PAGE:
May 29, 2015

Importing Swift code from Objective-C in a Test Target - It's Possible!

By changing the 'PRODUCT_MODULE_NAME' build setting + adding XCTest.h import in the bridging header file, I was able to make this work.

On my previous post about Swift, I mentioned that one of the biggest issues I had with Swift is the fact I get a compilation error on my unit tests target if I ever use the import "MyProject-Swift.h" in a file that is included in this target (whether it's a test case or production code).
I also mentioned this is a big issue in the Swift talk I gave in Reversim Summit 2015 (in Hebrew).

Well, turns out I was wrong (or at least - it can be fixed).

To fully understand the solution, lets' first make sure you understand the problem and why this is such a big issue for me.

I'll try to show a concrete example so you could understand it, and maybe because all names are stupid it may be harder to relate to, but believe me - if you write new swift code in a real life Objective-C project, you will eventually need to use it SOMEWHERE from your Objective-C code.

Here goes: Lets' say I have an existing Objective-C project with unit tests.
Class A is written in Objective-C and has a unit test.
It also internally uses a class called B, written in Objective-C and doesn't have a unit test.

I now decided I want to add a new class named C. It's written in Swift and I add a unit test for it in Swift.

Now I want to use class C in class B.
I need to add "MyProject-Swift.h" to B's code for it to work, right?

So here's what we've come up with by now:
If I build and run my app, everything is fine.
If I build and run my unit tests target, I get the following error:
'MyProject-Swift.h' file not found

When I originally found out about this (somewhere during the early days of Xcode 6), I was helpless and devastated.

There were only 3 workarounds I could think of and apply to my projects:

  1. Not importing "MyProject-Swift.h", and therefore having to use tricks like NSClassFromString(@"C") and performSelector UGLY as hell
  2. Removing B.m from the Test target (by unchecking the target in the "Target Membership" section of the File Inspector) - Might work for certain cases, but as you see in my example, this means ATest can't compile as it uses A that uses B (that uses Swift code). So if I have enough coverage in my unit tests this is hopeless. 
  3. Porting the whole project to Swift - Too expensive.

This essentially meant that I used swift only for very isolated features in my project, which was very upsetting.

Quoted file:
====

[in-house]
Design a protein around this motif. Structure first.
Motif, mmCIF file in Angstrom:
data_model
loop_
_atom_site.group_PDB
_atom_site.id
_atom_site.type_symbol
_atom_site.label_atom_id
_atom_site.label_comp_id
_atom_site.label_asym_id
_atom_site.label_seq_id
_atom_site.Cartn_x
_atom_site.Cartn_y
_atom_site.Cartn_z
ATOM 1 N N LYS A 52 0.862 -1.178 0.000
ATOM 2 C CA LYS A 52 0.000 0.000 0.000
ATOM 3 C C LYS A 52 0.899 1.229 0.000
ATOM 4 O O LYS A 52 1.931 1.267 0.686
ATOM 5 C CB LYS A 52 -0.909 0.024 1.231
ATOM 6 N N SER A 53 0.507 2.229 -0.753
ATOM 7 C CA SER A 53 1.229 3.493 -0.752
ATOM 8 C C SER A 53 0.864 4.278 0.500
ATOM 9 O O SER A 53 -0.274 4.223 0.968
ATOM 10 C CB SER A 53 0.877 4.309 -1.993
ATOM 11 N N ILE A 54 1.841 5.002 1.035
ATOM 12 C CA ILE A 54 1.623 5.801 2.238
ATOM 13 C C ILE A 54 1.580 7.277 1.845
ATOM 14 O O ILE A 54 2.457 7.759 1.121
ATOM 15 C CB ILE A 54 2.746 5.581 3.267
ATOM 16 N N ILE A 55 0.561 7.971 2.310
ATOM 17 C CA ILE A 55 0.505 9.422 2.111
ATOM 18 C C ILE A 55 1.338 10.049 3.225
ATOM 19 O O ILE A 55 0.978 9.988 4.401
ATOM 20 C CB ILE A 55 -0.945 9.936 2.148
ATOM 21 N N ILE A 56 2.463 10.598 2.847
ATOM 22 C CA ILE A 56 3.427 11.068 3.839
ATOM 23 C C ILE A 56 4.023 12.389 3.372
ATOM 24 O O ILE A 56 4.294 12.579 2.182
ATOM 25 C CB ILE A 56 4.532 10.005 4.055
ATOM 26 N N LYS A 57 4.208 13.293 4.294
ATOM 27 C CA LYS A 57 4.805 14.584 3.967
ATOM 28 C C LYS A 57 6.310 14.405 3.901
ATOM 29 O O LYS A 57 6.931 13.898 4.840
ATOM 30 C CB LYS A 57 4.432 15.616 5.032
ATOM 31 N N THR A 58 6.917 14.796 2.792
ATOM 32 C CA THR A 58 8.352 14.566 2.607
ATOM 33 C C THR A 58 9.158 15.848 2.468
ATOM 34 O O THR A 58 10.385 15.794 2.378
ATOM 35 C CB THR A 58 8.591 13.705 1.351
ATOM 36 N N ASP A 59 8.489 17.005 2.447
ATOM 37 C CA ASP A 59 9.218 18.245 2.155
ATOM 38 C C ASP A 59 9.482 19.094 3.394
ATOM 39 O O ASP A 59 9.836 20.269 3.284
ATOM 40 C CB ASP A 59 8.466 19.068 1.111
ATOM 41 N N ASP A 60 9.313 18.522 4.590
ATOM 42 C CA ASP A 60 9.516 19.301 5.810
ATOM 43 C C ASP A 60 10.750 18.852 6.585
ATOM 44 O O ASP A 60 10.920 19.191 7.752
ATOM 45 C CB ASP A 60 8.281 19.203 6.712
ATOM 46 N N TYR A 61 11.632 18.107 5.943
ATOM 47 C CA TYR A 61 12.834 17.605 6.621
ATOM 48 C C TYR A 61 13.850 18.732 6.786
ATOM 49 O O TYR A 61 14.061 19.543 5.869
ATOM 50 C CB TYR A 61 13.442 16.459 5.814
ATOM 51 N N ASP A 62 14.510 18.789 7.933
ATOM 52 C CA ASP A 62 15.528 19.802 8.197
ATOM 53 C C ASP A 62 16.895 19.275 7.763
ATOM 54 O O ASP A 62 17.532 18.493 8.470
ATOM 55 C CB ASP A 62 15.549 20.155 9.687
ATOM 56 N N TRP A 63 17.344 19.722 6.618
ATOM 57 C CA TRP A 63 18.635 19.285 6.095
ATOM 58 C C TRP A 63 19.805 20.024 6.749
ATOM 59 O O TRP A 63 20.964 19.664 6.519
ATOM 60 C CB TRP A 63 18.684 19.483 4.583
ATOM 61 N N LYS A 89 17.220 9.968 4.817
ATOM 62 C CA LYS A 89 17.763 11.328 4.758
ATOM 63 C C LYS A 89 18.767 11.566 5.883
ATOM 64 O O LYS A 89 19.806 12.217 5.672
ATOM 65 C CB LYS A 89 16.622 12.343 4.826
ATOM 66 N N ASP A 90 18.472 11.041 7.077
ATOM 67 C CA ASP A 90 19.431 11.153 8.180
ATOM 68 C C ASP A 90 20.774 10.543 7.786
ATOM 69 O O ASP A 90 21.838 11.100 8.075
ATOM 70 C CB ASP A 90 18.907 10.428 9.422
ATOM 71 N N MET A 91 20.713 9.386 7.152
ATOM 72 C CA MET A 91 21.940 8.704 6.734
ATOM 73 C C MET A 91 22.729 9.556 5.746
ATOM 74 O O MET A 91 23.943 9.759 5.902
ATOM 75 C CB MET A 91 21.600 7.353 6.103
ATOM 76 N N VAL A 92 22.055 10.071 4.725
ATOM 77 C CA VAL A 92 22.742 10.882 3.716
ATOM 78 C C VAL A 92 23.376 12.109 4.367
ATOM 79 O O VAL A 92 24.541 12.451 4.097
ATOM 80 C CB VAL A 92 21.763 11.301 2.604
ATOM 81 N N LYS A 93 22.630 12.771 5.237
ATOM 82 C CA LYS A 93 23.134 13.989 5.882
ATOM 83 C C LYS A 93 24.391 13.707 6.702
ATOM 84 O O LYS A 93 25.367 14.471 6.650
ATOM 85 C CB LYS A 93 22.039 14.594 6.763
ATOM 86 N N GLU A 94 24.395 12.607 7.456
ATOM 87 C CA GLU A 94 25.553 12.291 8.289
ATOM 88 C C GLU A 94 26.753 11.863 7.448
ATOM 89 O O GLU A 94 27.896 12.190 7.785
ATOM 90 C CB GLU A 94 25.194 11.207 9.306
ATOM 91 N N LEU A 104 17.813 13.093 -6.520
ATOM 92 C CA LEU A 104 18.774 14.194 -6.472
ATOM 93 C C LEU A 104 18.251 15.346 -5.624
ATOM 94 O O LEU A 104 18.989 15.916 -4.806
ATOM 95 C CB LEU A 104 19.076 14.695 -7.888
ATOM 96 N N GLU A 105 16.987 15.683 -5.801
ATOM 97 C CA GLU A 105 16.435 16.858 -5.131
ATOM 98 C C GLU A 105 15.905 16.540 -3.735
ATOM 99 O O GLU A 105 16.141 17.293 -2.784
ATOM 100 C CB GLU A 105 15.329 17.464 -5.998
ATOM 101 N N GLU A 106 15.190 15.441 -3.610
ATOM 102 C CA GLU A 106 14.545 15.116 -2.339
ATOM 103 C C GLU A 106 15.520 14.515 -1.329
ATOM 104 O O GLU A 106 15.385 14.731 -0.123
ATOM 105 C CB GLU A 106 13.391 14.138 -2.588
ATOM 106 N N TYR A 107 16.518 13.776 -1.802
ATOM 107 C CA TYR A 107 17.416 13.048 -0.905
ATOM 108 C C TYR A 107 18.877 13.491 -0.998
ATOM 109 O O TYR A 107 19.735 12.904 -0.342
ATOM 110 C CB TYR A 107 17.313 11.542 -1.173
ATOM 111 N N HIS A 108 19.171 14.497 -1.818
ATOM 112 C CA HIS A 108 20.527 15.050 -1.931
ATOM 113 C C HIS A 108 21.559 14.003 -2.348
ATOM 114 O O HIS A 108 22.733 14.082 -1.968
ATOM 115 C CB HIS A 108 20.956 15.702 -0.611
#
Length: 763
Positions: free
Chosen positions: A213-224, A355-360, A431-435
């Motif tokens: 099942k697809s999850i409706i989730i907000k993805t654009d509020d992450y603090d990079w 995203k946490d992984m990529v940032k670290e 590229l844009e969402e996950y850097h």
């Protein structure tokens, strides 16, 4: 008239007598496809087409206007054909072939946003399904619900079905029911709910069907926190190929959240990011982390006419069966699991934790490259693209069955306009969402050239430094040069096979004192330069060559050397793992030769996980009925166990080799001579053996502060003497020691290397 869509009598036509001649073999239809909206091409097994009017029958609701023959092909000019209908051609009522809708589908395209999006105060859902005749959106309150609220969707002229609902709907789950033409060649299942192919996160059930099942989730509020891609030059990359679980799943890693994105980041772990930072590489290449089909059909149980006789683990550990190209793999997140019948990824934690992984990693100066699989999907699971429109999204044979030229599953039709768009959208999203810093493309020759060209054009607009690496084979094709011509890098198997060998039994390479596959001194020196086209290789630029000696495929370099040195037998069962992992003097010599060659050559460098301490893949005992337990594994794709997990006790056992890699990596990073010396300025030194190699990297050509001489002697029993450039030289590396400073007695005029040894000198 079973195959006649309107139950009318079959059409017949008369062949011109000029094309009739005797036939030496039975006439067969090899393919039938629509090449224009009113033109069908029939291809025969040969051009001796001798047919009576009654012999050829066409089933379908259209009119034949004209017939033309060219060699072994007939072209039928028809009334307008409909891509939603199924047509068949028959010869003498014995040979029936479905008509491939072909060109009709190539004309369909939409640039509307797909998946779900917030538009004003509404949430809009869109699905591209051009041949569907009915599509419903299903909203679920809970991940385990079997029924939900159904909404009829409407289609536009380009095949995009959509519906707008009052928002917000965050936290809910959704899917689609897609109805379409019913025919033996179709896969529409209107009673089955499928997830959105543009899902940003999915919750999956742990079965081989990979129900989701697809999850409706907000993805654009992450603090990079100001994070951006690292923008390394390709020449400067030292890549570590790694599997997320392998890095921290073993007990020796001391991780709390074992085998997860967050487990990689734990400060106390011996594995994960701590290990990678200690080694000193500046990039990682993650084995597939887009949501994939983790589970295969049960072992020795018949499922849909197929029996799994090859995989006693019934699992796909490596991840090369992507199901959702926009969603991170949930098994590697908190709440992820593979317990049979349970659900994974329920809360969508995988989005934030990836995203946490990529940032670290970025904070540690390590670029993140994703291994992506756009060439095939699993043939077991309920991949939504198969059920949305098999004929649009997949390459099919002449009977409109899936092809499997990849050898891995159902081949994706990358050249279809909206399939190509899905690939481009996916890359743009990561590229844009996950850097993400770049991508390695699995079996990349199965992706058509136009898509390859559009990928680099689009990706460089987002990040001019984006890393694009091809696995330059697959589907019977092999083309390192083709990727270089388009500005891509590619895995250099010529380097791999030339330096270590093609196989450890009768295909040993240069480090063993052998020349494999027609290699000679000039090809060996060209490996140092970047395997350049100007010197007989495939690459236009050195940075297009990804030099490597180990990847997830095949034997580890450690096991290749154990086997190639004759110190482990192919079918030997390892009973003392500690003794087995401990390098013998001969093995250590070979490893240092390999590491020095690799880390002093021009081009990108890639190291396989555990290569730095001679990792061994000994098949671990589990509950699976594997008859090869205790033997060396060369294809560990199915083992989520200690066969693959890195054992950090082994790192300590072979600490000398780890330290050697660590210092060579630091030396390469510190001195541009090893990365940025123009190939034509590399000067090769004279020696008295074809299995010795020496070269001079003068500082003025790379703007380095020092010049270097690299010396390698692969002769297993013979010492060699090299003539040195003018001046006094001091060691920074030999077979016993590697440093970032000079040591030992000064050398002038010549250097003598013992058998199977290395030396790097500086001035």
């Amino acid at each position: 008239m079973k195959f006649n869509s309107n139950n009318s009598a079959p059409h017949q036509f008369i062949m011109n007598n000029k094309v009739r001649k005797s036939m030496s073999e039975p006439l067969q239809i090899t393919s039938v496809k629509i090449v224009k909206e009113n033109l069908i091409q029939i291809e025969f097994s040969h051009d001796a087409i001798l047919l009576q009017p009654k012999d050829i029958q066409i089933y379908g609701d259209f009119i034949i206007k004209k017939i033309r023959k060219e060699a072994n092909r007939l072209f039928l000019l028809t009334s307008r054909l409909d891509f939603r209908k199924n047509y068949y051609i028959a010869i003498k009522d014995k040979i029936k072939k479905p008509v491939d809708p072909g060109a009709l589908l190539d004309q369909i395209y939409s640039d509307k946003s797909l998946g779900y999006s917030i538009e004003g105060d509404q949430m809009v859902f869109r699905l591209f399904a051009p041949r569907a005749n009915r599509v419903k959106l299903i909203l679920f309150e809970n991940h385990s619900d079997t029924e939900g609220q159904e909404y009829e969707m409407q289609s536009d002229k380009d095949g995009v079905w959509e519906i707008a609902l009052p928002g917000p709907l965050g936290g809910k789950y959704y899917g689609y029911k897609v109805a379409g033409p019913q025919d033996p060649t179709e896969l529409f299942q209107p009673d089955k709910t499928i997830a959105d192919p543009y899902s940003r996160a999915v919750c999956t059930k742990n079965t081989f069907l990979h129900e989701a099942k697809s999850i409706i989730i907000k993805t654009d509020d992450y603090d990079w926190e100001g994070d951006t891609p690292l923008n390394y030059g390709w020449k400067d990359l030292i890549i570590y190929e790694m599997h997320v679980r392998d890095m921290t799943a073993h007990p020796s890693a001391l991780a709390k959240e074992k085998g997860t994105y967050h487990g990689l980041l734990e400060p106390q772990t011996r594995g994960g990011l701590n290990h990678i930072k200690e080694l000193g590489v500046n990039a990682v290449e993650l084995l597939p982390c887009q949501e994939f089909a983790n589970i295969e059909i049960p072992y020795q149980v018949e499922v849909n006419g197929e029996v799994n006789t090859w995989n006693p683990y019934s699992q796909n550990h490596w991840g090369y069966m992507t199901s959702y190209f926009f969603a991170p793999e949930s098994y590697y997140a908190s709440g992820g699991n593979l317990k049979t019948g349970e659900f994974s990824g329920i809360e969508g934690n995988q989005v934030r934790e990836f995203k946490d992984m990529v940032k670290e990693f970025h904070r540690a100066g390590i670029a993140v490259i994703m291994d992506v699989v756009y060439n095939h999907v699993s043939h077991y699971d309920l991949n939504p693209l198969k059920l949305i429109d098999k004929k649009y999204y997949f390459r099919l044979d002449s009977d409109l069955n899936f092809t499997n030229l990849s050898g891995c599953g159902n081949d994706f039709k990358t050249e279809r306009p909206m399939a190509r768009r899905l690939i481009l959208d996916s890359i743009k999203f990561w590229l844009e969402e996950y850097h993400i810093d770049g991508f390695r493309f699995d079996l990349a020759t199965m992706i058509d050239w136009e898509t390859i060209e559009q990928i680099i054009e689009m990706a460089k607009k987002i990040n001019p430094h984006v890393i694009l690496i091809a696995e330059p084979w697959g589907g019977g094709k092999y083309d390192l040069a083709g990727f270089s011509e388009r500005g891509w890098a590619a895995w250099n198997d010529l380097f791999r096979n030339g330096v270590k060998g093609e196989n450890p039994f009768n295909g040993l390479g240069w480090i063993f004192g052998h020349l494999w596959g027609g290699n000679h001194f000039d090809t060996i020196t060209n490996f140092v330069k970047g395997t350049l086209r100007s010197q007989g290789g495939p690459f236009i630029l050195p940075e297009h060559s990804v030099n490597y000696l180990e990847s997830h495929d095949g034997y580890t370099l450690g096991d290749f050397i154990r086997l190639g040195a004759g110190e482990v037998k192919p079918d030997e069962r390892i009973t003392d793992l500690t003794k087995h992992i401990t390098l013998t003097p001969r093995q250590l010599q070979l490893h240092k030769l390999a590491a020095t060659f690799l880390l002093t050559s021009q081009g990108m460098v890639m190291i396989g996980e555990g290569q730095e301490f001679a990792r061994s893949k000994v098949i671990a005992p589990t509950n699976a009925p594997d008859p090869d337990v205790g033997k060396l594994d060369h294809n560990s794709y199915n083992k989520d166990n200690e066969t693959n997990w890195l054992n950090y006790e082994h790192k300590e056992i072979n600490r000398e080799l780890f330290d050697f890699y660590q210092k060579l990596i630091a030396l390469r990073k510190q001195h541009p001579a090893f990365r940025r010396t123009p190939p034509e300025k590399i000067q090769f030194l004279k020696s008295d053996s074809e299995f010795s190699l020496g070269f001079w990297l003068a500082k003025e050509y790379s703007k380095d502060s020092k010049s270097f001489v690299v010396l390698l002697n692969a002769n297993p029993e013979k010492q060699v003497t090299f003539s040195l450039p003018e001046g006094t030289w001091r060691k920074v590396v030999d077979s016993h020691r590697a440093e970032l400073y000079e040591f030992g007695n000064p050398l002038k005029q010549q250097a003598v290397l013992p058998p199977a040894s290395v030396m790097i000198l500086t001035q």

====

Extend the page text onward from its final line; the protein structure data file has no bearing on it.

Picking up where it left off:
The reason I originally came to the conclusion that it can't be fixed and there aren't any other workarounds, apart from banging my head for a long time about it without success, was an answer on SO basically saying that Apple declared it's a known issue.

In a weird coincidence, just several hours before I decided I should tackle this issue again, a new answer was posted to the same question. It didn't quite solve my problem (I think it's because I didn't move to Xcode 6.3 yet for the problematic project), but it gave me the hope and the direction to a solution!

The Solution
What essentially happens, is that the name of the generated header file that contains all the exported classes from Swift to Objective-C, is called "${PRODUCT_MODULE_NAME}-Swift.h"
What's ${PRODUCT_MODULE_NAME}? By default, Xcode sets it to be the same as the ${TARGET_NAME}, meaning: MyProject-Swift.h for the App target, and MyProjectTests-Swift.h for the test target.

So, we could use some #ifdef statements each time we want to include the generated Swift header, but this is a terrible solution. Instead, I manually changed the product module name the following way:

That's it. For the example project I created for this post it was all I needed to do for solving the problem.
In my real project however, possibly because it was created with an older version of Xcode, I had another issue that I thought was worth mentioning - an issue of Xcode suddenly not running my Swift unit tests (CTest.swift in this example). It was complaining about not finding XCTestCase in the generated MyProject-Swift.h file.
What eventually solved it for me, is adding an XCTest import in my "MyProjectTests-Bridging-Header.h" file in the following way:
Add #import <XCTest/XCTest.h> to MyProjectTests-Bridging-Header.h

And that's it - problem solved.

If you are having problems with the other way around (Swift code importing Objective-C code in Unit Tests), I recommend reading the following post.

Also, if you have found this post interesting, you should follow me on twitter and listen to my podcast (in Hebrew).


  1. Hi thanks for the post. I'm in a similar situation (trying to write swift tests including Obj-C files that use Swift code) and I got past the error you're getting by following this SO post:

    However I'm now getting a different type of linker error:
    "_OBJC_CLASS_$__TtC10AppName20ClassA", referenced from:
    objc-class-ref in ClassB.o"

    Any idea what this could be? Thanks!

    1. I'm the same problem here. Did you manage to solve this?


    2. This comment has been removed by the author.

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